Tristania - Rubicon
Tristania are not a band unaccustomed to line-up changes, but with the departure of Vibeke Stene whose unique ghostly vocals were such a vital aspect of the band’s sound, you had to worry about where they would go next. Using this opportunity to make numerous other personnel changes, most notably bringing in Kjetil Nordhus to continue the dual male/female vocal fireworks alongside Stene’s replacement Mariangela Demurtas, Rubicon sees the band galloping off in yet another direction with gusto.
Whereas Vibeke had such a fragile, ethereal voice, Mariangela has a forceful, imposing style, and the band have adjusted accordingly; the music is still defiantly gothic, and definitely heavy, but this time around there is a strident confidence as well as more than a hint of pop sensibility thrown into the mix. ‘Sirens’ has a chorus to make any music mogul green with envy with its multifarious vocal harmonies, yet they fit perfectly against the dark, brooding verses built over thick layers of distorted guitars and pounding drums.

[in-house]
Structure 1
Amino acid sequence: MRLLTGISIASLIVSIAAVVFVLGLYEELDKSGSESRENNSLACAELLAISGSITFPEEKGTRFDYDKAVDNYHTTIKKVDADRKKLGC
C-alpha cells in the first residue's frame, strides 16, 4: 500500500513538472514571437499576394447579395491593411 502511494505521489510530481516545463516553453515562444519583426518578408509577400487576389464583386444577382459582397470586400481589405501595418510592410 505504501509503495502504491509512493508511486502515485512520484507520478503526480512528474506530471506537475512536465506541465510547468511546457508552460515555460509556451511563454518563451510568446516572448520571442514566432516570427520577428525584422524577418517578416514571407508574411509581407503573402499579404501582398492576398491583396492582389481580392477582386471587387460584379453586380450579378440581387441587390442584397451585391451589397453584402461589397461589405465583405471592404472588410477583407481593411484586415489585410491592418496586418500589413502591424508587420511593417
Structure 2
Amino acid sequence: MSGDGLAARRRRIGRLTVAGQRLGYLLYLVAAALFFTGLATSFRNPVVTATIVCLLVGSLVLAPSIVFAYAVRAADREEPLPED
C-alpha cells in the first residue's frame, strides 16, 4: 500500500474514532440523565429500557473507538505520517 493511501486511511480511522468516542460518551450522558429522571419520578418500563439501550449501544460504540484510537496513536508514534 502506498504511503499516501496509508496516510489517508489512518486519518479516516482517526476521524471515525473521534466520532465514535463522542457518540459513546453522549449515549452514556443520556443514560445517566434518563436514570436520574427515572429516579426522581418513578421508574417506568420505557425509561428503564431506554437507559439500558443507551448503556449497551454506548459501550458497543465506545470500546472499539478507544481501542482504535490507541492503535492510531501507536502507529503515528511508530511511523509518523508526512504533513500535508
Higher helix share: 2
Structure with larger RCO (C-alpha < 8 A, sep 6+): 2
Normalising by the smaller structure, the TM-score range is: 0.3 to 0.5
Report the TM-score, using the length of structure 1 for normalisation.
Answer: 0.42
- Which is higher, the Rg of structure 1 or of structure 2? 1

Personal highlights ‘Patriot Games’ and ‘Vultures’ emphasise the evil musings that permeate throughout Rubicon, and illustrate just how good a vocalist Nordhus really is, and how well he compliments Mariangela. Rubicon might not reach the heights of Ashes or Widow’s Weeds – the best examples from Tristania’s previous incarnations – but does indeed stand up on its own as a memorable and highly enjoyable album; and should this particular troupe manage to hang together they could indeed become yet another classic Tristania collective.